Day: November 14, 2023

WENDELL, N.C. (carolina-based-clothing-brand/” data-type=”URL” data-id=”https://www.cbs17.com/honoring-black-history/hispanic-heritage-month/salvadorian-roots-history-inspire-north-carolina-based-clothing-brand/”WNCN) — Lisbeth Carolina Arias has spent her life balancing different worlds. She was born in El Salvador but moved to North Carolina as a young girl.

She grew up in Sanford, where her mother worked as a seamstress. Arias went on to study fashion and textile design at North Carolina State University. After working for major brands in the fashion industry, like Vera Wang, she decided to bridge her two worlds using her own company, Descalza.

The idea for Descalza first came while Arias was still in college, interning at a clothing brand in Guatemala.

“When I see these textiles for the first time, I feel like I’m learning part of my history, part of my indigenous roots,” said Arias. She knew then that her mission was to work her way back to using those traditional fabrics.

Now, Descalza is a multi-country operation that Arias runs out of her garage in Wendell. The concept is a combination of the traditional fabrics from Latin America and North Carolina’s textile history. Arias sources all of her materials from Latin American countries with their own distinct weaving techniques.

After arriving in the United States, Descalza’s head seamstress, Magdalena Cruz, gets to work bringing Arias’s designs to life an hour away in Sanford. Cruz, who used to work in industrial textile factories, said she prefers Descalza’s smaller, artisanal setup, because of the quality that goes into the product.

“You never stop learning. Every day you make something new. I like everything about it, because it’s my passion,” said Cruz. She also likes that Descalza supports artisans around Latin America.

Using traditional techniques means Arias has had to adapt her designs to fit within

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Haitian artist uses fashion to probe power structures in ‘Rewriting History’ at Gardner Museum

Fabiola Jean-Louis stands in front of her exhibition “Rewriting History” at the IsabellaStewart Gardner Museum. PHOTO: ISABELLA STEWART GARDNER MUSEUM

A dress is the centerpiece of Haitian American visual artist Fabiola Jean-Louis’ exhibition “Rewriting History” at the Isabella Stewart Gardner Museum, though the term hardly seems sufficient to describe this artwork. The electric blue gown is a careful balance of elegant ruffles and pleats, featuring the wide hip structure and low neck popular in the 17th and 18th centuries. But unlike those silk constructions, this sartorial masterpiece is made entirely out of paper.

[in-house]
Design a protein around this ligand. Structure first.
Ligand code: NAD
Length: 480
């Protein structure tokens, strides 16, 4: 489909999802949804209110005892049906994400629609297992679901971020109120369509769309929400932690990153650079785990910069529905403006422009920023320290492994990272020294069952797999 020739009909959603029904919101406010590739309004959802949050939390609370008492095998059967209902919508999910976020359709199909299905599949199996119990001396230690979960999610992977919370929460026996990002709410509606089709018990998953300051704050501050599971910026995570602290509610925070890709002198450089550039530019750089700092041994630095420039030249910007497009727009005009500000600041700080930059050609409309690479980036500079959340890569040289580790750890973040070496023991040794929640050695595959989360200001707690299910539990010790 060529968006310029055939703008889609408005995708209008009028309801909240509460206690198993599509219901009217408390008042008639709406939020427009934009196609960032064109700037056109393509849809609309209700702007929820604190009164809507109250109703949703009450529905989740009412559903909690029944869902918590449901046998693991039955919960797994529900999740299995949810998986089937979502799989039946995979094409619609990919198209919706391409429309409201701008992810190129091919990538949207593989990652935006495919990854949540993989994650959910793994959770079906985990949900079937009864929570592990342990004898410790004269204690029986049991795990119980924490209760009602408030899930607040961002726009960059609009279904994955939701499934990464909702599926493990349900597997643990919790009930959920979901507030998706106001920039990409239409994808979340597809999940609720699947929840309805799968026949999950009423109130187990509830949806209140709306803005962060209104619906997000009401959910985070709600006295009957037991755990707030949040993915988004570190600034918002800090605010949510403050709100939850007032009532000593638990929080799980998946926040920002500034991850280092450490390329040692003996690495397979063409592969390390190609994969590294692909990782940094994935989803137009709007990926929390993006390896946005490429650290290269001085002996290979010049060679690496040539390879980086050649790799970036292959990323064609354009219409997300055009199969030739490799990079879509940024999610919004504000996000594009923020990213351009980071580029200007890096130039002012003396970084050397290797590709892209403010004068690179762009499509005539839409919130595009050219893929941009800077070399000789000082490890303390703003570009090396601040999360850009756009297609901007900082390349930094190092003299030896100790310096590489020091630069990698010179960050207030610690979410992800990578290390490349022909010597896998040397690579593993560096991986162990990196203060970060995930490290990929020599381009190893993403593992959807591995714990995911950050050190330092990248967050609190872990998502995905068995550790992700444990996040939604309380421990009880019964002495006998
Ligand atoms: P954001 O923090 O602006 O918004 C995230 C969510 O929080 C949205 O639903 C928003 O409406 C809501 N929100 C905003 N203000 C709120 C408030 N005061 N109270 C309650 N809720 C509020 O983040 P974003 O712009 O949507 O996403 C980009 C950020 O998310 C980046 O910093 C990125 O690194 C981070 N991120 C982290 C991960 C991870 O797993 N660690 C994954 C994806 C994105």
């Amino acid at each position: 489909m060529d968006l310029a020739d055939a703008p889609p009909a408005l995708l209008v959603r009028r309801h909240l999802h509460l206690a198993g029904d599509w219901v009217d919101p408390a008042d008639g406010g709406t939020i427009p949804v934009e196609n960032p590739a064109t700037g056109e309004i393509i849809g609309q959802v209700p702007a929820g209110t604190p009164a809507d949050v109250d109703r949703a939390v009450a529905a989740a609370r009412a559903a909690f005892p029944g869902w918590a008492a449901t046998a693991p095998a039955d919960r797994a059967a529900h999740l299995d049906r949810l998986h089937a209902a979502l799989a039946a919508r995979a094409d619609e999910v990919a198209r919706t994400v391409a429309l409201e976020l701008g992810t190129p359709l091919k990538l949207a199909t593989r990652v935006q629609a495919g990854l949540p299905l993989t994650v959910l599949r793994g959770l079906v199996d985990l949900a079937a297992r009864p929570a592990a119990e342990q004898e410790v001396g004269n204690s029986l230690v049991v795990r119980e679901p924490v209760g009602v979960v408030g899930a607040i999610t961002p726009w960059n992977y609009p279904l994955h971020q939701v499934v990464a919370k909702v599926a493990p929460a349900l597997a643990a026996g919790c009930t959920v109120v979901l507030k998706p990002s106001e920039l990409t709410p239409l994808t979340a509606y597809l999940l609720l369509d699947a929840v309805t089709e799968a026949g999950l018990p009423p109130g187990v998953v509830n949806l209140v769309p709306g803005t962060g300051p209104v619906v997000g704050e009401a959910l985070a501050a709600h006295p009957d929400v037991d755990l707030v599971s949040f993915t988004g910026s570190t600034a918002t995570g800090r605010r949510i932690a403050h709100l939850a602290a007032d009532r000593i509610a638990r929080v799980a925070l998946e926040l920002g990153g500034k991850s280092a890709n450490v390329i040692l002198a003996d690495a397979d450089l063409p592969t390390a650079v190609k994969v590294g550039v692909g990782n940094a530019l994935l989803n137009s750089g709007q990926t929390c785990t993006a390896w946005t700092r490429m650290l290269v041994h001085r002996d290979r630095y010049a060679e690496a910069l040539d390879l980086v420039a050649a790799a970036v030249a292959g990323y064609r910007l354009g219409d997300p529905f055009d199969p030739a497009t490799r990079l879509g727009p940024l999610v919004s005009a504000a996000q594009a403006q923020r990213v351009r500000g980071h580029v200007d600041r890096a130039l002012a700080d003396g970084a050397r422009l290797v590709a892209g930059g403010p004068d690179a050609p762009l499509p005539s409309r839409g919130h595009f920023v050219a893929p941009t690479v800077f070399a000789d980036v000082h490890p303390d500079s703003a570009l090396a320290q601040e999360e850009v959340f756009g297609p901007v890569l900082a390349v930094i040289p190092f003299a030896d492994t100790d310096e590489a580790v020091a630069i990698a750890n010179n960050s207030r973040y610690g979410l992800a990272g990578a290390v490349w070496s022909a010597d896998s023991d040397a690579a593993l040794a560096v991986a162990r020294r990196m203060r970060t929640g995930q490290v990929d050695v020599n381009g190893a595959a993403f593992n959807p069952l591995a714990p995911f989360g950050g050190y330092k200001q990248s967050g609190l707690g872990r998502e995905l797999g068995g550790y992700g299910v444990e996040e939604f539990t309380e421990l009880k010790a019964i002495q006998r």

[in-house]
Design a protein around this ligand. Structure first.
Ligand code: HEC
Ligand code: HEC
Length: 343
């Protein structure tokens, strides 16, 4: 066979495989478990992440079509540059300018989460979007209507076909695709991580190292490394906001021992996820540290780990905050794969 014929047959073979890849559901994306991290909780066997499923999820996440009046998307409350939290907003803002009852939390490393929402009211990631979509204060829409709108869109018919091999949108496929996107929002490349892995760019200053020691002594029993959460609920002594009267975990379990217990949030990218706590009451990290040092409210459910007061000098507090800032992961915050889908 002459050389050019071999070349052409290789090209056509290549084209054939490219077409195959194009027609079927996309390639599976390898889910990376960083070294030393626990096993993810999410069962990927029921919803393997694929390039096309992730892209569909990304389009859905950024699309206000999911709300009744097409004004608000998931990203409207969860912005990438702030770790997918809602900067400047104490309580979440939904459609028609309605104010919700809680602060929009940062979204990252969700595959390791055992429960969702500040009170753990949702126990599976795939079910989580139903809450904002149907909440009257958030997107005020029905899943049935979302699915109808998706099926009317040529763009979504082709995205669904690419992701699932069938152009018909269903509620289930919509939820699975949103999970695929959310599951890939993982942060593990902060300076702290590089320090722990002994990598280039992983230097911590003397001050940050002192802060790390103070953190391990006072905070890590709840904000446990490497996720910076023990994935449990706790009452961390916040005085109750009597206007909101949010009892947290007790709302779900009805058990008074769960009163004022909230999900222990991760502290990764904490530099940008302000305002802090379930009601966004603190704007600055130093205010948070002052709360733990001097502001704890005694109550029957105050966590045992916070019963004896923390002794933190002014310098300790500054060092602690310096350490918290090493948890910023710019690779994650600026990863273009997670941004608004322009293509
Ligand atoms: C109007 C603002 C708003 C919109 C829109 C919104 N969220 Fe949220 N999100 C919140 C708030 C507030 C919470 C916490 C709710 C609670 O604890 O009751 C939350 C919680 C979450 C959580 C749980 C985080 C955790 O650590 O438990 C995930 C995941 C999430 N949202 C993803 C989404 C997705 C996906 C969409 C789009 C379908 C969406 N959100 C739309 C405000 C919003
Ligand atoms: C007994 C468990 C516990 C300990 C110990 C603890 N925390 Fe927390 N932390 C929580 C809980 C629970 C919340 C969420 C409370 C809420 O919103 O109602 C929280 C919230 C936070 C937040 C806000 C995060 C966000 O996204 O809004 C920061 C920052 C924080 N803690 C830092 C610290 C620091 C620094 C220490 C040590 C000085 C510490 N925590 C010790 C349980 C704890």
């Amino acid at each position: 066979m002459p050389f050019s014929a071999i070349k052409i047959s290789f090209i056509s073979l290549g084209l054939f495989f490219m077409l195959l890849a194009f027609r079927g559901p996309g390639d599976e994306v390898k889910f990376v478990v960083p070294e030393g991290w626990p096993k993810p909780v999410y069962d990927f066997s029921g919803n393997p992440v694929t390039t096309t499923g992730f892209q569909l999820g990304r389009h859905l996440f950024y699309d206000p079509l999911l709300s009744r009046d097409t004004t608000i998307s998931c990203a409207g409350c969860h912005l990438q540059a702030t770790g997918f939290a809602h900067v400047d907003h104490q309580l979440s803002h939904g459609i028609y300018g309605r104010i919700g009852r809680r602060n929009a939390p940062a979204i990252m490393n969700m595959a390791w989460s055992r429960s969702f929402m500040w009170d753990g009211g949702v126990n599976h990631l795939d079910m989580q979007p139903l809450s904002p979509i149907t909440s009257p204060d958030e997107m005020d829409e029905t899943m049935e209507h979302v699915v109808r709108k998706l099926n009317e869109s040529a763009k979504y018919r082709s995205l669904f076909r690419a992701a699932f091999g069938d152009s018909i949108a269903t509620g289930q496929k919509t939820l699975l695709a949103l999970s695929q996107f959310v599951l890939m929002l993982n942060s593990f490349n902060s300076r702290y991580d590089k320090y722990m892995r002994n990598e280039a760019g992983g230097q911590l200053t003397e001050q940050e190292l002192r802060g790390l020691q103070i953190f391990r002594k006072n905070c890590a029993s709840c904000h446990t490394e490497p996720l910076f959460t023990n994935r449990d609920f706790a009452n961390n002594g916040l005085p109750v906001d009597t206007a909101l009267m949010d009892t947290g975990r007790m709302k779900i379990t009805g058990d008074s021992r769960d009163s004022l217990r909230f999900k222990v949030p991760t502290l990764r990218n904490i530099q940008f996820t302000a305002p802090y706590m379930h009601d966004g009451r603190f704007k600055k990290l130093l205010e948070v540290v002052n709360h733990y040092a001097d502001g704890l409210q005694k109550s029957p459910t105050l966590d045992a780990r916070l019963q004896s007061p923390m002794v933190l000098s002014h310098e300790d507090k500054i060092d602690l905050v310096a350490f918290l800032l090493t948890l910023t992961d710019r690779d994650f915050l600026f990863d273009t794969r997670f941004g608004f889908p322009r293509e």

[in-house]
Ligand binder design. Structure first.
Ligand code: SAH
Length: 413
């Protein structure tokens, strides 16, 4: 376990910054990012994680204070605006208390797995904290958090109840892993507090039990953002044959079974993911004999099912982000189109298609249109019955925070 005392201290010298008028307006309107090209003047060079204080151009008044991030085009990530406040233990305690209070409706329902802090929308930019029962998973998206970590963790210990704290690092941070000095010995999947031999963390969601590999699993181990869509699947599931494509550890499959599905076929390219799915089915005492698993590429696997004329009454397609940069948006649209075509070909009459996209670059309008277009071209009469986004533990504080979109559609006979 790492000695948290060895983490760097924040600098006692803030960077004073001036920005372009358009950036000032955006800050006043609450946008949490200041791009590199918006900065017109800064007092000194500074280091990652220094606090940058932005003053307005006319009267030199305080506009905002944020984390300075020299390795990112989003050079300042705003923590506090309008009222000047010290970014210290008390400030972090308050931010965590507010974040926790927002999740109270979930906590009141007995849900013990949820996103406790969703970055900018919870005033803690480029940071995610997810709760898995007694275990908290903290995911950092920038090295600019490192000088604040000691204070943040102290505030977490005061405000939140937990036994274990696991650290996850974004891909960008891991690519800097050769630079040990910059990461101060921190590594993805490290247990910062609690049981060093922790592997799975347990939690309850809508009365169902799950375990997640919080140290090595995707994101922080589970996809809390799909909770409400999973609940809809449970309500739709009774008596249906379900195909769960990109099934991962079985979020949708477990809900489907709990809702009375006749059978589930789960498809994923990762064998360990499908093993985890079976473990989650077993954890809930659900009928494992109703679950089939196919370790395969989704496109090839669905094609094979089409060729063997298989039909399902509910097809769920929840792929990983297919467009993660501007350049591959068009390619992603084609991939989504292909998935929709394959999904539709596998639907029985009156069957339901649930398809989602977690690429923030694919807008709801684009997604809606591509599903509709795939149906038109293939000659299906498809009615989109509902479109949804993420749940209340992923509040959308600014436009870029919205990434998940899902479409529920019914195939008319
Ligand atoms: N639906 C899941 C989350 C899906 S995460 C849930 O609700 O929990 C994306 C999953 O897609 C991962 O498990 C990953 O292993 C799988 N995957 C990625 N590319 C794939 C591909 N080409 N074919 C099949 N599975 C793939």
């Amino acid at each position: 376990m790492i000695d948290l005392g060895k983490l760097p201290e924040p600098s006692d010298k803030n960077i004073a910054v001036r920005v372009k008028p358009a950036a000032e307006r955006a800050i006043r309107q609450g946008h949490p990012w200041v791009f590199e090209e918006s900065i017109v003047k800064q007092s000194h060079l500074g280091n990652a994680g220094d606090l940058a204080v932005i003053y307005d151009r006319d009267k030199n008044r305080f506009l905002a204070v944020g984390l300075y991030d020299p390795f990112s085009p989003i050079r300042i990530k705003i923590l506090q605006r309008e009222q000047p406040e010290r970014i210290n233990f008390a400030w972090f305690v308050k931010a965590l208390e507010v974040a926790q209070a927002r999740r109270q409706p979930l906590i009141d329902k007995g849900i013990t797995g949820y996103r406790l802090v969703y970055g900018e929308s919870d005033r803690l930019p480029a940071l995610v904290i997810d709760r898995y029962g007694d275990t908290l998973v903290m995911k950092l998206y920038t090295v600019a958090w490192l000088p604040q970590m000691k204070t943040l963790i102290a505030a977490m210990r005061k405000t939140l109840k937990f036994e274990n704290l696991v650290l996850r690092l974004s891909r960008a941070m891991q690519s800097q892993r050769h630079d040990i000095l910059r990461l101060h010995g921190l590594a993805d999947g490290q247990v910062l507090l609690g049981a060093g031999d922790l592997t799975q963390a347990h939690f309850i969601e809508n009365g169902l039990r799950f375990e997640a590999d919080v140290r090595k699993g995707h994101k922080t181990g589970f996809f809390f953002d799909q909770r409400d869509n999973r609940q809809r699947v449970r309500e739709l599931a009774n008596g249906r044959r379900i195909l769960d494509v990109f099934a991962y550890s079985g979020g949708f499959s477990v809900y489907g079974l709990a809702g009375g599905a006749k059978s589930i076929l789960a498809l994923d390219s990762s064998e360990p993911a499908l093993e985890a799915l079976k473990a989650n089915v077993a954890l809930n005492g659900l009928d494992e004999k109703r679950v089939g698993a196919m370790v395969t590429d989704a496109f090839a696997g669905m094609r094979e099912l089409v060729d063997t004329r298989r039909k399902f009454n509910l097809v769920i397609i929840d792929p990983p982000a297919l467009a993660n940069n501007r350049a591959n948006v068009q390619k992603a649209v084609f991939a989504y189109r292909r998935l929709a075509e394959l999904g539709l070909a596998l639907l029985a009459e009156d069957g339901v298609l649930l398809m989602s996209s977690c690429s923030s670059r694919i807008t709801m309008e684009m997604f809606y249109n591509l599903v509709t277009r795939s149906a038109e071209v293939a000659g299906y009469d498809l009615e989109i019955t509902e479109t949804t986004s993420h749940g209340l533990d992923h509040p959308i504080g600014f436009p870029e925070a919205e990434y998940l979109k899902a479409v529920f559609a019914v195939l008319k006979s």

Fabiola Jean-Louis, “Marie Antoinette is Dead,” 2017. Archival pigment print © Fabiola Jean-Louis. PHOTO: ISABELLA STEWART GARDNER MUSEUM

Jean-Louis uses intricate, delicate paper garments to question narratives around Black women and Black female bodies and to probe power structures. Dresses like the one on display were typically worn by white nobility. Jean-Louis photographs Black women wearing these at-once lavish and cage-like creations. In doing so, she reminds viewers that the wealth that supported the European nobility identified with these garments often came at the expense of Black lives. Her work at the same time exalts Black women to that same aristocratic position and aesthetic.

“There’s no other item, or material in our world — and not just American society, but in our world — that shapeshifts like paper,” says Jean-Louis. “It has in one instance tremendous power to build cities, governments, societies, wealth, poverty and suffering. It has the power to buy human bodies and has the power of serving as proof of existence.”

The material holds all of that power, but it’s also incredibly fragile. That juxtaposition of strength and weakness emulates the two sides of the clothing coin. Women can use clothing to create their own identities and express themselves, but garments can also be

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